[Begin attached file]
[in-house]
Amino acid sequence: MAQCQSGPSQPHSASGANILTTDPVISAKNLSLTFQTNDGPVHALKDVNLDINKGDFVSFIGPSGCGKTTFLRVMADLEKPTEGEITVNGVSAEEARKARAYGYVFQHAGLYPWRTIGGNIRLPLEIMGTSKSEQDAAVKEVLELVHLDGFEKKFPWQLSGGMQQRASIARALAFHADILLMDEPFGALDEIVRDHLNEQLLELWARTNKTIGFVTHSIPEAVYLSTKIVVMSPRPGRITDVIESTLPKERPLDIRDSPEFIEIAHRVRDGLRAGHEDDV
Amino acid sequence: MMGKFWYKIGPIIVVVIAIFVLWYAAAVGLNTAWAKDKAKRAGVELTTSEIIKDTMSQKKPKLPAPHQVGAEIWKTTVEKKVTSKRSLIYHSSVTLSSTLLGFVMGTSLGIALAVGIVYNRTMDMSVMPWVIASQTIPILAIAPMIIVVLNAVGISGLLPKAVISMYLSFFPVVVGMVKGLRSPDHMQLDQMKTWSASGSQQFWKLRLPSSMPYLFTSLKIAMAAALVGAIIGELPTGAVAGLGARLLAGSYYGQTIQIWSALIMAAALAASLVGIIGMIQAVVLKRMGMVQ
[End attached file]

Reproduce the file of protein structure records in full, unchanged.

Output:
[in-house]
Amino acid sequence: MAQCQSGPSQPHSASGANILTTDPVISAKNLSLTFQTNDGPVHALKDVNLDINKGDFVSFIGPSGCGKTTFLRVMADLEKPTEGEITVNGVSAEEARKARAYGYVFQHAGLYPWRTIGGNIRLPLEIMGTSKSEQDAAVKEVLELVHLDGFEKKFPWQLSGGMQQRASIARALAFHADILLMDEPFGALDEIVRDHLNEQLLELWARTNKTIGFVTHSIPEAVYLSTKIVVMSPRPGRITDVIESTLPKERPLDIRDSPEFIEIAHRVRDGLRAGHEDDV
Amino acid sequence: MMGKFWYKIGPIIVVVIAIFVLWYAAAVGLNTAWAKDKAKRAGVELTTSEIIKDTMSQKKPKLPAPHQVGAEIWKTTVEKKVTSKRSLIYHSSVTLSSTLLGFVMGTSLGIALAVGIVYNRTMDMSVMPWVIASQTIPILAIAPMIIVVLNAVGISGLLPKAVISMYLSFFPVVVGMVKGLRSPDHMQLDQMKTWSASGSQQFWKLRLPSSMPYLFTSLKIAMAAALVGAIIGELPTGAVAGLGARLLAGSYYGQTIQIWSALIMAAALAASLVGIIGMIQAVVLKRMGMVQ